Importantly, at effective dosages, PCC, unlike rFVIIa, showed no evidence of thrombogenicity in that study, as evaluated using the Wessler stasis model. Available clinical evidence also suggests that the thrombogenic potential of PCC is low. In a pharmacovigilance study, the estimated incidence of thrombotic events among patients receiving PCC was 1.0 per 105
infusions (CI, 0.1–3.6 per 105
rFVIIa has been evaluated in a recent randomized clinical trial of 179 cardiac surgery patients with postoperative bleeding.30
The primary study endpoint was the incidence of critical serious adverse events, defined as either death or thromboembolic complications. Owing to a trend towards increasing critical serious adverse events after rFVIIa treatment (odds ratio, 1.67; CI, 0.50–5.47), the investigators cautioned that further clinical trials are required.
The pig has been extensively utilized as a model for evaluating haemostasis after administration of human PCC14,21,22
and human rFVIIa.22,31–38
Certain uncertainties are inherent in such studies. The activity, bioavailability, or both of the human protein might be attenuated in the porcine host.34
Assays of PT or thrombin generation optimized for measurements of human samples may yield disparate results in the pig. For instance, PT measured with a porcine-specific assay is greater by over three-fold than with the standard assay designed for human specimens.37,39
The porcine-specific assay revealed a nearly 50% prolongation of PT during hypothermia, while no effect was detectable by the standard assay method.39
It is possible that the use of the standard assay may account for the relatively small impact of CPB on PT in the present study, despite the substantial increase in blood loss observed after CPB and saline infusion. In any case, large absolute differences in PT assay values may not translate into major differences in the observed relative effects of human haemostatic proteins in the pig model. Thus, despite an over three-fold absolute PT difference at baseline, the average relative shortening of PT by 90 µg kg−1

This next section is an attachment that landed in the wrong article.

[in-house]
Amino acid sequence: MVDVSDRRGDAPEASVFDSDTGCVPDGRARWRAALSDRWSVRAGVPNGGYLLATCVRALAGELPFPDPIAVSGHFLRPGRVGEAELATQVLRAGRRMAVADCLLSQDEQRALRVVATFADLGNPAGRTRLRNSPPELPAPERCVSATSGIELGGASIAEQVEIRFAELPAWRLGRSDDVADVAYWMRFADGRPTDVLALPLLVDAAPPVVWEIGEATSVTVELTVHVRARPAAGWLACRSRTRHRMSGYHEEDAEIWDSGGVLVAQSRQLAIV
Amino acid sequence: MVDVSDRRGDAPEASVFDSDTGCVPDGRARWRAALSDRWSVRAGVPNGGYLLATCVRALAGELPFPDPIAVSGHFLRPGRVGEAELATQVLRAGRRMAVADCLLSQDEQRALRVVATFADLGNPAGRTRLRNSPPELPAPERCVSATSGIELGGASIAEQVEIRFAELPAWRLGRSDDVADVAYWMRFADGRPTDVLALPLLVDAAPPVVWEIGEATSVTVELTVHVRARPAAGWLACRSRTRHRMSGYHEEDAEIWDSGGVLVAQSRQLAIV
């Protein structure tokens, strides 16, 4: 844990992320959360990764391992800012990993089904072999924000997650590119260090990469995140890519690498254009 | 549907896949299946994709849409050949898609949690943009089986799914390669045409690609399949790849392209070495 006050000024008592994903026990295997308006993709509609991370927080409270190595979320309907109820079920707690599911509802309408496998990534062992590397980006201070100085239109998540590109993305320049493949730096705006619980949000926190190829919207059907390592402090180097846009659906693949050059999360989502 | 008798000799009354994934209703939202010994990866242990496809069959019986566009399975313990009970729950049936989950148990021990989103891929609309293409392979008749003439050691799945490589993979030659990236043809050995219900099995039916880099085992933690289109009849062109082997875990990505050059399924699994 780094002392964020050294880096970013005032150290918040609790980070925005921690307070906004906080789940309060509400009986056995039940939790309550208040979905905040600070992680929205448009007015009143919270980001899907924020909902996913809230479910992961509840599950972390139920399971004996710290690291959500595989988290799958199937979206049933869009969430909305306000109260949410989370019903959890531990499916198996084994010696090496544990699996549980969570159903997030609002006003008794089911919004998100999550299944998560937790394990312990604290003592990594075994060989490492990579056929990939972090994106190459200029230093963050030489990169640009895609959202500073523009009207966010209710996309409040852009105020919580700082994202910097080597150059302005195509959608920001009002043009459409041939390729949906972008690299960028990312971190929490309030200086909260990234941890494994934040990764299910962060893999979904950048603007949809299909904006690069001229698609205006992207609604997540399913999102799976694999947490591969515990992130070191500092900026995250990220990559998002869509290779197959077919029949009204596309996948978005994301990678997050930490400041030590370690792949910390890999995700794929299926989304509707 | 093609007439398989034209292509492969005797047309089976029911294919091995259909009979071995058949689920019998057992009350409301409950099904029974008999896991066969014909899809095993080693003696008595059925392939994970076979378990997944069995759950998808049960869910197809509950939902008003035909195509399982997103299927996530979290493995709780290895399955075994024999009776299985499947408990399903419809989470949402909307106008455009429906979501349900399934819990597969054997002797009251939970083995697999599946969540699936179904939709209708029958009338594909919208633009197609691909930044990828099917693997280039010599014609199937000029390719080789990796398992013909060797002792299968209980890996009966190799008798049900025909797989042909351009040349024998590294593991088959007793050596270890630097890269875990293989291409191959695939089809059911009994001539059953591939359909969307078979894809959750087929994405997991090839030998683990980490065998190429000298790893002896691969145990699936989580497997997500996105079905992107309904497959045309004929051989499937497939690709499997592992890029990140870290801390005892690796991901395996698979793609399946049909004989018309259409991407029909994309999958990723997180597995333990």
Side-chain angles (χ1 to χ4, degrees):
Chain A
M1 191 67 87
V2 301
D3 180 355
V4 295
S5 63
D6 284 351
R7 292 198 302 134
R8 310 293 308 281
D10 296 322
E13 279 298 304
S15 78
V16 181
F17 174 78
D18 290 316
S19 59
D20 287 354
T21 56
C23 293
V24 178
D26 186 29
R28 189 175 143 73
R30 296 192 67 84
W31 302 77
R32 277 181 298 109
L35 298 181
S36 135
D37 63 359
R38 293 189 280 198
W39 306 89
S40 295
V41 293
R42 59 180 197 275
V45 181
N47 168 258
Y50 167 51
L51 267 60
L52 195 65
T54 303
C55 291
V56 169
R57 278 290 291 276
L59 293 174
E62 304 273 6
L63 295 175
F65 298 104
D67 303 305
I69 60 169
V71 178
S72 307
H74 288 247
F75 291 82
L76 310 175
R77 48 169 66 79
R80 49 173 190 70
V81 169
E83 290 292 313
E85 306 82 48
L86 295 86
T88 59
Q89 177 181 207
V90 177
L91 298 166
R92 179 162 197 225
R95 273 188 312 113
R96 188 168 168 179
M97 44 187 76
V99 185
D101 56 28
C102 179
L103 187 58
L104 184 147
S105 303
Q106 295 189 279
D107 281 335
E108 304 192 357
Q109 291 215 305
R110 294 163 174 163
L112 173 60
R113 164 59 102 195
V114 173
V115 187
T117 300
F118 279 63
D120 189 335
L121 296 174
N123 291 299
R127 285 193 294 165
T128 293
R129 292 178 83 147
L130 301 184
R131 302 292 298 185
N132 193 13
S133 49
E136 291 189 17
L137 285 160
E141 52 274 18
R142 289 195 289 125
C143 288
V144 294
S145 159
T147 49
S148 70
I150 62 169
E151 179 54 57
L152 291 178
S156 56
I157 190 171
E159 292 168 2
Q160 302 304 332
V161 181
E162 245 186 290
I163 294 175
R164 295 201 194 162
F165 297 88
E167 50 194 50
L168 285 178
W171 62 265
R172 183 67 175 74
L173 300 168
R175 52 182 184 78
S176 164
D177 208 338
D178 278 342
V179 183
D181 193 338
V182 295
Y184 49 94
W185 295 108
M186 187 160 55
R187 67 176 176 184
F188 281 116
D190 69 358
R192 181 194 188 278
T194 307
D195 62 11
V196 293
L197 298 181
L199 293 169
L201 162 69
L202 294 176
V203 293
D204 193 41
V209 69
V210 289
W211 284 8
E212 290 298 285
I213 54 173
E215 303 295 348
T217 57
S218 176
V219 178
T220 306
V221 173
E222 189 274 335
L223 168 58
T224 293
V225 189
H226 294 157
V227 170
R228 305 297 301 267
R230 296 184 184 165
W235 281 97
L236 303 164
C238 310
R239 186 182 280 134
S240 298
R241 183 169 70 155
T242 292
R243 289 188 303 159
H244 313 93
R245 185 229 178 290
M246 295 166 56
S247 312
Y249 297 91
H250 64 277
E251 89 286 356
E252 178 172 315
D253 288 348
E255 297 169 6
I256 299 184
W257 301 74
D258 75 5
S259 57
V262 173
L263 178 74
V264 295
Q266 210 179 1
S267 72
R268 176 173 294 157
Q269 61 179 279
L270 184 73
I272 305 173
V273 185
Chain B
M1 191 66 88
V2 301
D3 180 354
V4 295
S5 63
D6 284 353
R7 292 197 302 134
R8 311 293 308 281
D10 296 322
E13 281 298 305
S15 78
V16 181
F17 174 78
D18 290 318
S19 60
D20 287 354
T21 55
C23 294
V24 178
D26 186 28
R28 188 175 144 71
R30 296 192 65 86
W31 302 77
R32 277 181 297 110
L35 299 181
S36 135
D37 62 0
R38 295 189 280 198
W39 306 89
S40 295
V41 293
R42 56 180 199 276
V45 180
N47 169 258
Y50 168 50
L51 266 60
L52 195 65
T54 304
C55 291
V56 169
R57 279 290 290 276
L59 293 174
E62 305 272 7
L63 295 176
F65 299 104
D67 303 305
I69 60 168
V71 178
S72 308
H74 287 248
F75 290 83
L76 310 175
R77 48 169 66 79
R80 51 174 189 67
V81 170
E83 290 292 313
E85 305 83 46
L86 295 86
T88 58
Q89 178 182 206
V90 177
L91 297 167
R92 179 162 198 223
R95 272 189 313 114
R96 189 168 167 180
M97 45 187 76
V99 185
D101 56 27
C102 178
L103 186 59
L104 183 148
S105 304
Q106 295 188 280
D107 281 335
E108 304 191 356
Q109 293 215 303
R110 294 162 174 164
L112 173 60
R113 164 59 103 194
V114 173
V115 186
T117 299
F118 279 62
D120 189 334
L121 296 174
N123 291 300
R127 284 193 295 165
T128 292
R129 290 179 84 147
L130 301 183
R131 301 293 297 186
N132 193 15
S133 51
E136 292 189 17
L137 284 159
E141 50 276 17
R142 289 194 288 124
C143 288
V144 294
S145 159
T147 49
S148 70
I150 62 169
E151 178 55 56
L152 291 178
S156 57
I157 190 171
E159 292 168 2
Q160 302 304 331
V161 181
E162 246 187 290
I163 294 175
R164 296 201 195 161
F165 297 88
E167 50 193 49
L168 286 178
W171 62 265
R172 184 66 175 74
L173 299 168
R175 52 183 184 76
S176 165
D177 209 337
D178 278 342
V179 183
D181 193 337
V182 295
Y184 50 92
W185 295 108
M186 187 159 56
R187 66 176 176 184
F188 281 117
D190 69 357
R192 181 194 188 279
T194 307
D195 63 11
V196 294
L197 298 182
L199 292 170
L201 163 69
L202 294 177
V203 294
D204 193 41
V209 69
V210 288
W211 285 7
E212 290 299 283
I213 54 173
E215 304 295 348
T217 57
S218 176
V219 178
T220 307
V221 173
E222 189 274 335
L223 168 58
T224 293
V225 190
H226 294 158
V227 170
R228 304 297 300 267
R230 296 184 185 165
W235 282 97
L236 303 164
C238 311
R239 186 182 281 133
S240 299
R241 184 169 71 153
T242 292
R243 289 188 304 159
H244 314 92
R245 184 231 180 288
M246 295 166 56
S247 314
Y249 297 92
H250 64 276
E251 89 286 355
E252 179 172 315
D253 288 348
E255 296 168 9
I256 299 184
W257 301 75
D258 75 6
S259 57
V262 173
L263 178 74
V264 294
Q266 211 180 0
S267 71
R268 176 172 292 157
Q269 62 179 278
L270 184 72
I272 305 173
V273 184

human rFVIIa was comparable when measured by standard assay (64%) vs
the porcine-specific method (51%).37
The thrombin generation assay used in the present study was optimized for human samples, and the possibility cannot be excluded of differences in results compared with those that might have been generated by a porcine-specific method. Nonetheless, assay differences could not have affected bleeding, and the observed increase in thrombin generation by PCC relative to saline was accompanied by a corresponding decrease in blood loss. Furthermore, in two pig studies of dilutional coagulopathy and trauma, human PCC augmented thrombin generation compared with human rFVIIa and with both standard- and high-dose porcine PCC.14,22
In both studies, corresponding acceleration of haemostasis by PCC vs
those control agents was demonstrated.
In light of the data reviewed above, PCC appears to be a versatile haemostatic agent suitable for use in indications involving multiple clotting factor deficiencies. Further clinical studies are needed to define the appropriate role for PCC in CPB. The present results provide encouragement to embark upon such studies.